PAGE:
Upated Labour Data from Tourism HR Canada – May 2021
Despite ongoing restrictions, tourism gained employment in May, adding 45,800 workers. There were gains in full-time employment offset to a degree by declines in part-time employment. Tourism employment increased in all provinces except for Nova Scotia, where employment fell by 2,200 jobs.
Seasonally unadjusted employment across all industries increased by 288,700. Once again there is a large discrepancy between the unadjusted and adjusted data. Despite these gains, the seasonally adjusted data shows an employment loss of 68,000. Essentially, because the economy did not add as many jobs as it usually does in May. Applying seasonal adjustments results in a decrease. The data collected was for the week of May 9th to 15th.
The seasonally unadjusted tourism unemployment rate decreased from 11.3% to 9.8%. In April the unemployment rate had dropped from 13.0% to 11.3%.
This will partially be due to the increase in employment. But our stakeholders should also be aware that Statistics Canada only links unemployed workers to their former industry for one calendar year. After that, they are counted as unclassified. Due to this the tourism unemployment rate—and by extension the unemployment rate for any industry—should be used with caution. The decreasing unemployment rate does not necessarily mean that tourism workers who have been unemployed for over a year have found a new job, or dropped out of the labour force.
There were a mix of employment gains and losses by industry this month.
|Industry Group||Employment Change||Full-time Employment||Part-time Employment|
|Food and Beverage Services||24,600||34,300||-9,600|
|Recreation and Entertainment||27,200||24,400||2,800|
Compared to last year there have been significant employment gains. Last May a few businesses that could were starting to reopen, but for the most part the economy was still shutdown. It will only be in June, and more so in July when comparing monthly data for 2020 and 2021 becomes useful.
Compared to May 2019, employment in all industry groups remains well below what it should be.
|Industry Group||Employment Change – May 2020 to 2021||Percent Change May (2020 to 2021)||Employment Change – May 2019 to 2021||Percent Change May (2019 to 2021)|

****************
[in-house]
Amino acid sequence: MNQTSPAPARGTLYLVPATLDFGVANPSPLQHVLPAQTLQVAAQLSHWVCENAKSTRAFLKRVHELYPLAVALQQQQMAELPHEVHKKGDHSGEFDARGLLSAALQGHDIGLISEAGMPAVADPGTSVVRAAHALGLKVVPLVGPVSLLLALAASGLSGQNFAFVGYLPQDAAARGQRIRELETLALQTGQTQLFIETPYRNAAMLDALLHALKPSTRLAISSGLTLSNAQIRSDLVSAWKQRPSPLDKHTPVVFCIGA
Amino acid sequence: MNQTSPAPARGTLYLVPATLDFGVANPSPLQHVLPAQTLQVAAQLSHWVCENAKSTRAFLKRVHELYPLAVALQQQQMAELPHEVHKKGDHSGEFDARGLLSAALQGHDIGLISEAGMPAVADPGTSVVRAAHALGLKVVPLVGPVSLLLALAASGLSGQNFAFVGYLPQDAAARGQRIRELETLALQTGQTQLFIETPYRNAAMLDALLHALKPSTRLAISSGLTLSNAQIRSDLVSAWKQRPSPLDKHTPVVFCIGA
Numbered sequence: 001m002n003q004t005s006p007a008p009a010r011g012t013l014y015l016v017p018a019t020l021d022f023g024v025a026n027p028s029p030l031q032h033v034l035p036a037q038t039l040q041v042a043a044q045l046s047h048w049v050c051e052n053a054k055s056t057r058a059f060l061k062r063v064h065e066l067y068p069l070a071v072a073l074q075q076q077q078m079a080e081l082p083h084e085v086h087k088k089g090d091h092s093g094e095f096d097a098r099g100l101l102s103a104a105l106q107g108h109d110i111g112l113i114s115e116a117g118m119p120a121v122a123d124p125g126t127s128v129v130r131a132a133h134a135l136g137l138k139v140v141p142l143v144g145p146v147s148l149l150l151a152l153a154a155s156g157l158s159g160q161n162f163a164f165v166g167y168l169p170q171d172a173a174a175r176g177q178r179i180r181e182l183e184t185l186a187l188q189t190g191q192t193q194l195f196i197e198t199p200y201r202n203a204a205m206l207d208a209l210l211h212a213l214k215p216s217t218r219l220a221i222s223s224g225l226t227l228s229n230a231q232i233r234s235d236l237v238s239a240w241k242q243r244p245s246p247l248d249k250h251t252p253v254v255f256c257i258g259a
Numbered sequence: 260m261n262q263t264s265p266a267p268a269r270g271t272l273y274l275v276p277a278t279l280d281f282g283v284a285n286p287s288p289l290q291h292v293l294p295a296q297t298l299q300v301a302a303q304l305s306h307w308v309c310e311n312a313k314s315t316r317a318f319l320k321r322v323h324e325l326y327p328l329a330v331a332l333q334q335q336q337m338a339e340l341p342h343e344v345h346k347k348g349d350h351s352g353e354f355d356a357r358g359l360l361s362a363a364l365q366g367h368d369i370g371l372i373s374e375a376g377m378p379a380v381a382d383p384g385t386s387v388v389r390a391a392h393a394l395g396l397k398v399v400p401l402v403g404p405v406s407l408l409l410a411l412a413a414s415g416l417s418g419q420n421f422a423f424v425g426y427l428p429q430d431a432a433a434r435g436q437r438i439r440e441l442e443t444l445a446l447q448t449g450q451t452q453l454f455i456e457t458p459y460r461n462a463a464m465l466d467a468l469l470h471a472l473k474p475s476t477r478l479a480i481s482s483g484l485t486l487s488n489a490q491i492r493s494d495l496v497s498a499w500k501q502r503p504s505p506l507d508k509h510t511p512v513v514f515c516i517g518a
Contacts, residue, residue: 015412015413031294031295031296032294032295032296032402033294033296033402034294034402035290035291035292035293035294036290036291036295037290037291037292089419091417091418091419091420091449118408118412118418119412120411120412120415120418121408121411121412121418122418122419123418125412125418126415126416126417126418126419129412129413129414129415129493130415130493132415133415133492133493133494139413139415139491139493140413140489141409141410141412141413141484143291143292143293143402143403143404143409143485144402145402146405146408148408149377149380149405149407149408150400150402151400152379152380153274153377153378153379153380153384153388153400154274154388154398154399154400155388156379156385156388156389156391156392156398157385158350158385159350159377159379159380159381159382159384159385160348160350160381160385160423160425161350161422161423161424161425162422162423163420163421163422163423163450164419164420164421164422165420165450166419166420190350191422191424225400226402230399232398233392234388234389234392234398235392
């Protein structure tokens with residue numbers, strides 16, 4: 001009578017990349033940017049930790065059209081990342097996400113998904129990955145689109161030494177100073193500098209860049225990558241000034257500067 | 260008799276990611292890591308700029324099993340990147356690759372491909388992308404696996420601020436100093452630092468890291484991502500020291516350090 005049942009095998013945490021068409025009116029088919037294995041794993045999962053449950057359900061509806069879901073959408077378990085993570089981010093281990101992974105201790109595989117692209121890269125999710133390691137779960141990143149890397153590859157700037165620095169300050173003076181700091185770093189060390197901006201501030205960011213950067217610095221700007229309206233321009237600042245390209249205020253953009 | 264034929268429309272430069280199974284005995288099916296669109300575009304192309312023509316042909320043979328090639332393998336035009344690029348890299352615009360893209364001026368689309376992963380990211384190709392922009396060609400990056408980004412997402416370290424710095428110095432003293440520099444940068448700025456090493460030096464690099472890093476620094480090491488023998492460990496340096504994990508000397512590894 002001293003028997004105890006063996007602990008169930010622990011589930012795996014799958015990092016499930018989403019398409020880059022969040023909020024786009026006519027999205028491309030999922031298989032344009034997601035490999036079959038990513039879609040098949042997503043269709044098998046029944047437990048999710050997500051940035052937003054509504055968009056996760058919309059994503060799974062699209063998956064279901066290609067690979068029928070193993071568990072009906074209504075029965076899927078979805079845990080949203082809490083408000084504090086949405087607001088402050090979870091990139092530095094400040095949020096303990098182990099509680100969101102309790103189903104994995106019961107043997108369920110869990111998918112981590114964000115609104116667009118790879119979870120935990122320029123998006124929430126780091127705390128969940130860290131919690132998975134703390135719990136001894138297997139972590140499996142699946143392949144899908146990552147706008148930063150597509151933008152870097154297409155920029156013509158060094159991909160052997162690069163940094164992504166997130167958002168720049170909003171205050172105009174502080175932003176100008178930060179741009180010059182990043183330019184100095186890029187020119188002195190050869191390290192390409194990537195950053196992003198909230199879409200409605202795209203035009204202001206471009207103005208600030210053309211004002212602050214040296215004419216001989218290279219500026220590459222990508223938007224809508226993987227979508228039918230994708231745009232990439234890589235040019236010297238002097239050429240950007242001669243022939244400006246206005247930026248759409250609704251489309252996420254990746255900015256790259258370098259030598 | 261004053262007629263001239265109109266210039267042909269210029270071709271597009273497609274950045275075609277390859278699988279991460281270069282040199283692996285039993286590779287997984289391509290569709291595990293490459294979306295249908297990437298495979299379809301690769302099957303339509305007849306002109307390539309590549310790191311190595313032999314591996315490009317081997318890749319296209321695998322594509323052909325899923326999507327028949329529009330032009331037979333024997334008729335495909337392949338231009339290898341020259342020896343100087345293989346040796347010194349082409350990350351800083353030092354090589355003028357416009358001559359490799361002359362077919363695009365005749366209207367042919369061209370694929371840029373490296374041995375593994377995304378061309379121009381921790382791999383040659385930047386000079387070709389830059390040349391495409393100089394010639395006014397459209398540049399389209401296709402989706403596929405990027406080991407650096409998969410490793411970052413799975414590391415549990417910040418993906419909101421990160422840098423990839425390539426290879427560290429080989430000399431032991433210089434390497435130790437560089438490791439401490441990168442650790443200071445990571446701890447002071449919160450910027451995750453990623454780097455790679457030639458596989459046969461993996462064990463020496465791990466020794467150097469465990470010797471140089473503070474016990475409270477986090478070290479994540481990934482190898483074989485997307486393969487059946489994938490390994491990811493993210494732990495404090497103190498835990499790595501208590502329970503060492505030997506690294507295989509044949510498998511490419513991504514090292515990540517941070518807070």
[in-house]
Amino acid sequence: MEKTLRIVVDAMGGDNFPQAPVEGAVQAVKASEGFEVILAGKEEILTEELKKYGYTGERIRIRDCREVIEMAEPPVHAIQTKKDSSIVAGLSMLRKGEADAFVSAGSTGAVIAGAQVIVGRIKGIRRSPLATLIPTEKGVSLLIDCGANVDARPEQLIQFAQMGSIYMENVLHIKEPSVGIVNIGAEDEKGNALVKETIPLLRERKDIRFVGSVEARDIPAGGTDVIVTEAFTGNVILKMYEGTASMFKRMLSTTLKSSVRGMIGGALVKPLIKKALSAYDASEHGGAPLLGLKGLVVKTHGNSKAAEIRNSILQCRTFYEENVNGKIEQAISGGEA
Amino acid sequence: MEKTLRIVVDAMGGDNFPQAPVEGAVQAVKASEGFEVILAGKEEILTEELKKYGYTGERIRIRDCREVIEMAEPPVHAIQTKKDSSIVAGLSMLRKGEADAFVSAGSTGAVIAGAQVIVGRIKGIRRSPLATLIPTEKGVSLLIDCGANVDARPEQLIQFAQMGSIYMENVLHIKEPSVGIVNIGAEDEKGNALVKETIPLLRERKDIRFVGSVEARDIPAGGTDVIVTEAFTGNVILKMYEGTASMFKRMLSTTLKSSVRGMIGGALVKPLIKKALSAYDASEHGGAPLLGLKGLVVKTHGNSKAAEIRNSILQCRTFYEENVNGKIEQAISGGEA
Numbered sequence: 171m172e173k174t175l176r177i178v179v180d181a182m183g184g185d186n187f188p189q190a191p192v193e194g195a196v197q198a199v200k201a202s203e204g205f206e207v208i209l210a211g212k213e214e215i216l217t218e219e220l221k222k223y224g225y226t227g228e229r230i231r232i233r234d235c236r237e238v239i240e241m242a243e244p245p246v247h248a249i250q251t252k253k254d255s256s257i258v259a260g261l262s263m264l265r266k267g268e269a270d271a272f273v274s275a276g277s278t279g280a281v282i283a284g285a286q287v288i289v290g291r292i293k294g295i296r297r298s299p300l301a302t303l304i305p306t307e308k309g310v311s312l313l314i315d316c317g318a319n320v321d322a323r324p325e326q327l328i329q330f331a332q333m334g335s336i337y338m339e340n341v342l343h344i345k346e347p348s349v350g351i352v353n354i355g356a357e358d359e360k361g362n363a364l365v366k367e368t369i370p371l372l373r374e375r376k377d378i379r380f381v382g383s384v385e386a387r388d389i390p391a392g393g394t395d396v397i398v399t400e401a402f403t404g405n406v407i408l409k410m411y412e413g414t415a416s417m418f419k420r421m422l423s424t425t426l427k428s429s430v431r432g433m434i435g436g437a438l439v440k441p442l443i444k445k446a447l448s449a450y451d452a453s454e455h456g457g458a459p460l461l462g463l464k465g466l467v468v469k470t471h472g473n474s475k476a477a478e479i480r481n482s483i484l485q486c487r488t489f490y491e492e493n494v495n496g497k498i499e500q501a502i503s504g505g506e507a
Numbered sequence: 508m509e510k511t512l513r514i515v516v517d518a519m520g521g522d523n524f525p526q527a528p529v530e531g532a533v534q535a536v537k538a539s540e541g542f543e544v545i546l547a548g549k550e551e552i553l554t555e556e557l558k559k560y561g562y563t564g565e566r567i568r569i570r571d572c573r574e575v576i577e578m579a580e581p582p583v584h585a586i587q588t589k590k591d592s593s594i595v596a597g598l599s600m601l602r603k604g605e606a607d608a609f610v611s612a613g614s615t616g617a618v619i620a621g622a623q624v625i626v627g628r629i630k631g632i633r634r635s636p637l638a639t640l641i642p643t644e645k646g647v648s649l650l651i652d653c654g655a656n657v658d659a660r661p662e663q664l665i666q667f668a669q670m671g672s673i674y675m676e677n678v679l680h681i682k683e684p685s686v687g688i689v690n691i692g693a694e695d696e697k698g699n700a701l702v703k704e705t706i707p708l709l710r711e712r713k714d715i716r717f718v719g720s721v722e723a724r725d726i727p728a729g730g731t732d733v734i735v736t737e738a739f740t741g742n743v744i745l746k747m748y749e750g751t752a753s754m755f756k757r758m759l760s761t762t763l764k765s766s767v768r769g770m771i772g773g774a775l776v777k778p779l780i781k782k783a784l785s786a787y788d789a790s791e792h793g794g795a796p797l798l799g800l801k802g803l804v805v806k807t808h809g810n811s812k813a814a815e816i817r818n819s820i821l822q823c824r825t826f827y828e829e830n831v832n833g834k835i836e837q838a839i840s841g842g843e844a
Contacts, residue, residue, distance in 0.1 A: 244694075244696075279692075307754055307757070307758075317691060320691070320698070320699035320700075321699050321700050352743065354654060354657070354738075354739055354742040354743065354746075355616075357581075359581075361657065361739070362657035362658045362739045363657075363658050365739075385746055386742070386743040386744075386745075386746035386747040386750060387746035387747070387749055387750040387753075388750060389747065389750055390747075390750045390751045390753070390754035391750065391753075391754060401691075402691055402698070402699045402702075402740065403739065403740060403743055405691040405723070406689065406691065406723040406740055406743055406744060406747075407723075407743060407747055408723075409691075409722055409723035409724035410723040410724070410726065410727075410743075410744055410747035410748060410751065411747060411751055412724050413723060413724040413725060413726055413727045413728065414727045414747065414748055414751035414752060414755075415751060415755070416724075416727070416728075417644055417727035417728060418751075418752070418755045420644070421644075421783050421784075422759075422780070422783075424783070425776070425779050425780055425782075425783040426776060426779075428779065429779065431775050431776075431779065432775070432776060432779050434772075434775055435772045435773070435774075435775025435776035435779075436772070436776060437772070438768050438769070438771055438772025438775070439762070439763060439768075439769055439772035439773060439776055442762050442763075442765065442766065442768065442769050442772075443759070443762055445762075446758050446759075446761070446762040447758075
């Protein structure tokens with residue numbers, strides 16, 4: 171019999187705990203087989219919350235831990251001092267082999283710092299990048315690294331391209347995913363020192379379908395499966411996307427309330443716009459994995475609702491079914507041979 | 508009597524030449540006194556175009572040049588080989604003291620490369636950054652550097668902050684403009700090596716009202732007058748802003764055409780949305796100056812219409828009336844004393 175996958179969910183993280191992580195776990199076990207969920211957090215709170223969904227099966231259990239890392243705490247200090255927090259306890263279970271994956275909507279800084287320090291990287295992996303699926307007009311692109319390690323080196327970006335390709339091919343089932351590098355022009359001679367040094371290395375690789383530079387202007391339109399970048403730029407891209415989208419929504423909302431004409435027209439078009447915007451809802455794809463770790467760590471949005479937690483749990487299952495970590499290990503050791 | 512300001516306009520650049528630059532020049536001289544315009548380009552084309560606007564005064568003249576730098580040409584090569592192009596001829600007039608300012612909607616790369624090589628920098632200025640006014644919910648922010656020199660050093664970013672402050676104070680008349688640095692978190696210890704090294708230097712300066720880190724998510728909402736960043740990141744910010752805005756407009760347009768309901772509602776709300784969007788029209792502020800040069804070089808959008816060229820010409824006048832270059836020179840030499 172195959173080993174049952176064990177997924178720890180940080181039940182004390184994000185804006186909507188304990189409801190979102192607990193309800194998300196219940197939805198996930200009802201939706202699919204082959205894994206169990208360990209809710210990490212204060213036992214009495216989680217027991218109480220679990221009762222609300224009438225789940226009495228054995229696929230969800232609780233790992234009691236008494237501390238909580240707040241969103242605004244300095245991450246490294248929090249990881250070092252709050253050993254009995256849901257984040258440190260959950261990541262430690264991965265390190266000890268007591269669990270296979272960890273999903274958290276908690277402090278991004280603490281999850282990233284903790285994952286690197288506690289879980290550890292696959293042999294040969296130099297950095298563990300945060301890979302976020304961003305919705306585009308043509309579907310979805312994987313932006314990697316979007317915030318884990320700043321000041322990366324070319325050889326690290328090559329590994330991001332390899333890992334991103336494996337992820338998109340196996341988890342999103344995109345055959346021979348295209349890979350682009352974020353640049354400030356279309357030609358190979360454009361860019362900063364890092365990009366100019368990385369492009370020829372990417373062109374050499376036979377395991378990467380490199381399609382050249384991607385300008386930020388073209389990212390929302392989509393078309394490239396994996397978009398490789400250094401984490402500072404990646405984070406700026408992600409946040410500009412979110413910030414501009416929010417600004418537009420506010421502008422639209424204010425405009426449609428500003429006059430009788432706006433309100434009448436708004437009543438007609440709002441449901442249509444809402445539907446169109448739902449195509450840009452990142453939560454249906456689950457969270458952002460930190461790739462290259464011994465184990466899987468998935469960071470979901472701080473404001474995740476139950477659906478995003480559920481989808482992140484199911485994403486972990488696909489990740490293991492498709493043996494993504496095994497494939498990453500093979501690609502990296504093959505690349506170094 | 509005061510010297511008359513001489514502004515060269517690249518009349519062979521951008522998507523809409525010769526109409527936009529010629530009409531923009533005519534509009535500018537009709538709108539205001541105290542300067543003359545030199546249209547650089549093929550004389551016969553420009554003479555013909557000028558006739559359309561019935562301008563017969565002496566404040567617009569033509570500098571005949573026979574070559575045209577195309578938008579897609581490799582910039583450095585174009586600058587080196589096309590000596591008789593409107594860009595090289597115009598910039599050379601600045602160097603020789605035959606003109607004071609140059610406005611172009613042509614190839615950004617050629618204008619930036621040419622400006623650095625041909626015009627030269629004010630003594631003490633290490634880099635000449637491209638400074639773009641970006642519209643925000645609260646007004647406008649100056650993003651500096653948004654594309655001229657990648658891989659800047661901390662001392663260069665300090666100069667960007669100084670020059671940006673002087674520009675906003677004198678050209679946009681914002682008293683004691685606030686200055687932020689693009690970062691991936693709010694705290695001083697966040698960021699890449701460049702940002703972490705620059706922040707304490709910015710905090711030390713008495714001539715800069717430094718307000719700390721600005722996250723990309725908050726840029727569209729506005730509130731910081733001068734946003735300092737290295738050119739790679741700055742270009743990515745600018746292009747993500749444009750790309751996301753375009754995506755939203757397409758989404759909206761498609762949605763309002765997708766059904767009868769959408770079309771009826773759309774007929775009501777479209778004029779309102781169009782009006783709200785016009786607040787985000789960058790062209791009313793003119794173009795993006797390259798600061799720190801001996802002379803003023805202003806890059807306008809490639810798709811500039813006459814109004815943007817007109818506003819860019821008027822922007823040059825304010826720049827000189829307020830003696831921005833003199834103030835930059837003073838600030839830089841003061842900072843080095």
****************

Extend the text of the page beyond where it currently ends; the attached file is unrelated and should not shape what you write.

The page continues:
|Food and Beverage Services||185,100||34.6%||-253,100||-26.0%|
|Recreation and Entertainment||60,600||18.6%||-120,300||-23.7%|
Bonus Data – Strong Indications of Labour Shortages this Summer
Our new data supports the argument that rural tourism businesses—especially those close to urban areas—will face labour shortages this summer (based on looking at employment levels for 2020 and 2021 and compared them to the same month in 2019).
Tourism employment is down in all regions. But some regions have recovered more than others. The rural areas connected to cities (CMAs) and larger towns (CAs) have done the best, followed by the fringe areas of CMAs/CAs. Fringe areas are the smaller towns/villages that are not directly attached to larger centres but are considered part of the census metropolitan area/census agglomeration. Greely would be an example. It is part of the Ottawa CMA but not directly attached to the main urban area.
One reason the rural areas attached to urban centres might see labour shortages this summer is because overall employment in those areas has fully recovered and exceeded employment levels in 2019. Core regions still have less employment than in 2019. Part of this may be because of people moving from urban cores to exurban areas. (Although we don’t have hard evidence but these areas have seen greater growth in their overall labour force than other regions, which helps bolster the argument.) The rural areas attached to cities and towns also have the lowest unemployment rate of any region (5.9%). As of April, the overall unemployment rate was 8.4%. To sum up, the rural areas have seen the greatest recovery of tourism employment, employment across all industries has exceeded pre-pandemic levels, and the unemployment rates indicates that there is less slack the labour market of these regions.
For much more information on labour trends and projections, check out the Employment Tracker Tool: Tourism Employment Tracker (tourismhr.ca)